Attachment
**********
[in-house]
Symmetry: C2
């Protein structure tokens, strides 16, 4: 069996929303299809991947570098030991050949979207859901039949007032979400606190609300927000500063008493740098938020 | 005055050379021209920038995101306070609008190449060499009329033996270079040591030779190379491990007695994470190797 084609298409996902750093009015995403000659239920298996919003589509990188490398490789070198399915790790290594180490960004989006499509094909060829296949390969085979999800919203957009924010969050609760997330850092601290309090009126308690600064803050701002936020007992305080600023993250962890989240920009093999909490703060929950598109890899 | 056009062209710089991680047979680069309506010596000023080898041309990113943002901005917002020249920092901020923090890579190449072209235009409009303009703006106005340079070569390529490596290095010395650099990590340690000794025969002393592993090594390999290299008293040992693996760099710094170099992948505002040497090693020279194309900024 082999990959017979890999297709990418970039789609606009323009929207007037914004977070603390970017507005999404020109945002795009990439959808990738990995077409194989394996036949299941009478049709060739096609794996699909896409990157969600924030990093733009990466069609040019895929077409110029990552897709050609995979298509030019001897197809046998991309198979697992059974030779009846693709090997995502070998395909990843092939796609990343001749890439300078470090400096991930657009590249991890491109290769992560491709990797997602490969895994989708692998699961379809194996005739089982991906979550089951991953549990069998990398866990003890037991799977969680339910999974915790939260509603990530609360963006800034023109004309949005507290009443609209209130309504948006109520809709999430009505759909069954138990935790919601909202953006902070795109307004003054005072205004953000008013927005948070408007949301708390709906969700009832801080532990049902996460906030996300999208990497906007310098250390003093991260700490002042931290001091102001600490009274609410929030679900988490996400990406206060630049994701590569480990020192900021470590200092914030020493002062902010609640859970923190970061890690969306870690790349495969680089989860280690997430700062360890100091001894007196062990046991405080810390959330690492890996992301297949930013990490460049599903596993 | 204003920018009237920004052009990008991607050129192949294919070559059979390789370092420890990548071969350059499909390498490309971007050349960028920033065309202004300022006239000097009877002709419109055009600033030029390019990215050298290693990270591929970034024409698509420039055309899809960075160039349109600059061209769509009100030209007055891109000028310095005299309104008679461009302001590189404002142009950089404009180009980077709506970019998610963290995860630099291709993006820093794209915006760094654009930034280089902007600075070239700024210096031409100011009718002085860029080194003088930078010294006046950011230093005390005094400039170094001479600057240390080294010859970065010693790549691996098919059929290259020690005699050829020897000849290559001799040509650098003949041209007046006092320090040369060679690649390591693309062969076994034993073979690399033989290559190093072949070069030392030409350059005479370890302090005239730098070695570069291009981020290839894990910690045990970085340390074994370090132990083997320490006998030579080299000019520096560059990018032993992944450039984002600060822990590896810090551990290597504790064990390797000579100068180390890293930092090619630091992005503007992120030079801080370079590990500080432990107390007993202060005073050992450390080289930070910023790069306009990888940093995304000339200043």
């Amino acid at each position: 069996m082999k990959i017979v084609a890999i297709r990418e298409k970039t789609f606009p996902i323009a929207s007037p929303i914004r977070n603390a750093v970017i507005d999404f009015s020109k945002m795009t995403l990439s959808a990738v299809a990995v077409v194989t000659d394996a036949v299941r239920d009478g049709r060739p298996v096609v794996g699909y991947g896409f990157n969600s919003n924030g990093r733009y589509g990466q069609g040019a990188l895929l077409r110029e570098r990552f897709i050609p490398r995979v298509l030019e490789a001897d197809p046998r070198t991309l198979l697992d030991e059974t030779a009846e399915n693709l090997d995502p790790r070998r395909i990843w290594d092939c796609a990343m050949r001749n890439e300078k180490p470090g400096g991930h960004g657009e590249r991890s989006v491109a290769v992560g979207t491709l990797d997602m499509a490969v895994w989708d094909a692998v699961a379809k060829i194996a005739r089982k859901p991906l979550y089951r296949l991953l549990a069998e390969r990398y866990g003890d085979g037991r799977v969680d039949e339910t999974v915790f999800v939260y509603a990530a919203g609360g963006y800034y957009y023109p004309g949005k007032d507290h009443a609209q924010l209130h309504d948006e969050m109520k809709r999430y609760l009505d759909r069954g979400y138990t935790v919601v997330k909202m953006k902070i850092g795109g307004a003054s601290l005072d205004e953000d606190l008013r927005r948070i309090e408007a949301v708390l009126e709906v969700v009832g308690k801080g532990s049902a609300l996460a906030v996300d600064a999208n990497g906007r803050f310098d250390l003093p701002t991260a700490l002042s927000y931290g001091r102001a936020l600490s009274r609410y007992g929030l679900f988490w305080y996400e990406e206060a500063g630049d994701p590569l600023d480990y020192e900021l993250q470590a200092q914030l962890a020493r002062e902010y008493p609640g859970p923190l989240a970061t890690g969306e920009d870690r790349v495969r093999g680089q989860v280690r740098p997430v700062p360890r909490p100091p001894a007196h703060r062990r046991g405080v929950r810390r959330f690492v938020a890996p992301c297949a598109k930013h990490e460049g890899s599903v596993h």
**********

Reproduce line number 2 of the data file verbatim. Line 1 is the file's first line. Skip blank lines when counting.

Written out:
Symmetry: C2